Defensive end Cullen Jenkins doesn't think he'll be back with the team next season, even though he wants to.
Said Jenkins, "Green Bay has a heck of a team. The talent level and the depth, especially on defense, they have a lot of big-time play-makers on it. It's a great defense. Green Bay definitely has an opportunity to compete, not just next year but years down the road. And it would be nice to be a part of that."
Jenkins is 30 years old and will be a free agent, so he expects the team to go in a different direction. That became apparent when he said the team showed no interest in negotiating a new contract even when he said he was willing to give a "hometown discount."
Jenkins said, "Heading into last year, I've always been up there and always been a Packer, and I wanted to stay a Packer. So we approached the team and wanted to get some type of security, some type of longer-term deal before the season so I would know I would be there. It wasn't about money, it was about security, about trying to see if we could work something out."
Asked if he' would have accepted less on a deal to stay, Jenkins said, "Yeah. That was the thought then. I knew in going to them, I know Green Bay, I know the market, I know how they handle business, and the thought was if we could get something reasonable worked out, I knew I would take less than what I could've gotten in free agency. But they never approached me with anything and never got any type of negotiations going. It's just how the business is. They had a lot of younger guys and felt they could move forward in that direction."
One of those younger players is Mike Neal, a rookie second-round pick last year that missed most of the season because of a shoulder injury.
Said Jenkins, "Mike has the ability to take over the game. For him, it's just a matter of getting in there and continuing to be a student of the game and learn it and he'll take it over."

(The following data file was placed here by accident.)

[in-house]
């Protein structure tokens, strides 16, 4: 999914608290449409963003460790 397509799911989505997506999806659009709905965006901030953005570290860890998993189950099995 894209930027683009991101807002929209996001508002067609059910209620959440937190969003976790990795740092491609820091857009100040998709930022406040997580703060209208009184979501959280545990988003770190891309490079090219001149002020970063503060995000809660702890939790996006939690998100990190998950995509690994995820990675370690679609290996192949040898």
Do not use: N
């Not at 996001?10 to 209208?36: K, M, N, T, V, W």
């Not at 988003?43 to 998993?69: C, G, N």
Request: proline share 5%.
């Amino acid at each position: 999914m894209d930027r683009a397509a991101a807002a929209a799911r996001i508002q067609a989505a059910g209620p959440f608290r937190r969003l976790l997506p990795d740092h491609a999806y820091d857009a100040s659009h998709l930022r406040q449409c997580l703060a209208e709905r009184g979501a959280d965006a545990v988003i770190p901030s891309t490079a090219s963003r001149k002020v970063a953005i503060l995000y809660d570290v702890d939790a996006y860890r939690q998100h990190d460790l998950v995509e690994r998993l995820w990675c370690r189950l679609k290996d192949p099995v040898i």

The uncertainty over where he will be next is difficult with the lockout situation.
"I'm just waiting for this lockout to be over with so I can figure out what options I'm going to have," he said. "With this dragging on so long, it's almost like you have to put it out of your mind and not think about it.
"It's one of those things that tests your patience. For most players, it's a matter of when they get to get back to work and when they get to start working out with their team. For me, I don't even know that."
Meanwhile, Jenkins is expected to receive interest from the Redskins once the lockout ends, according to The Washington Post.
--General manager Ted Thompson said late Thursday night he felt comfortable having the Packers end the first round of this year's draft and, thus, serve as the NFL's lead-in to the ballyhooed royal wedding in England a few hours later.
Somewhere - presumably far, far away from Westminster Abbey - Aaron Rodgers had to be feeling like a pampered prince.
The league's rising star, not three months after leading Green Bay to victory in Super Bowl XLV and earning game MVP honors to boot, stands to be well protected for the next several years. With no glaring need to address, Thompson, for a change, held his ground with the No. 32 pick and selected Mississippi State offensive tackle Derek Sherrod.
"You like to keep him safe. You certainly do," Thompson said of Rodgers, who overcame two concussions sustained in the regular season to engineer the Packers' stunning championship run in the postseason as the NFC's No. 6 seed.
The addition of Sherrod comes one year and one week after Thompson gladly took Iowa tackle Bryan Bulaga at No. 23 on the opening night of the draft.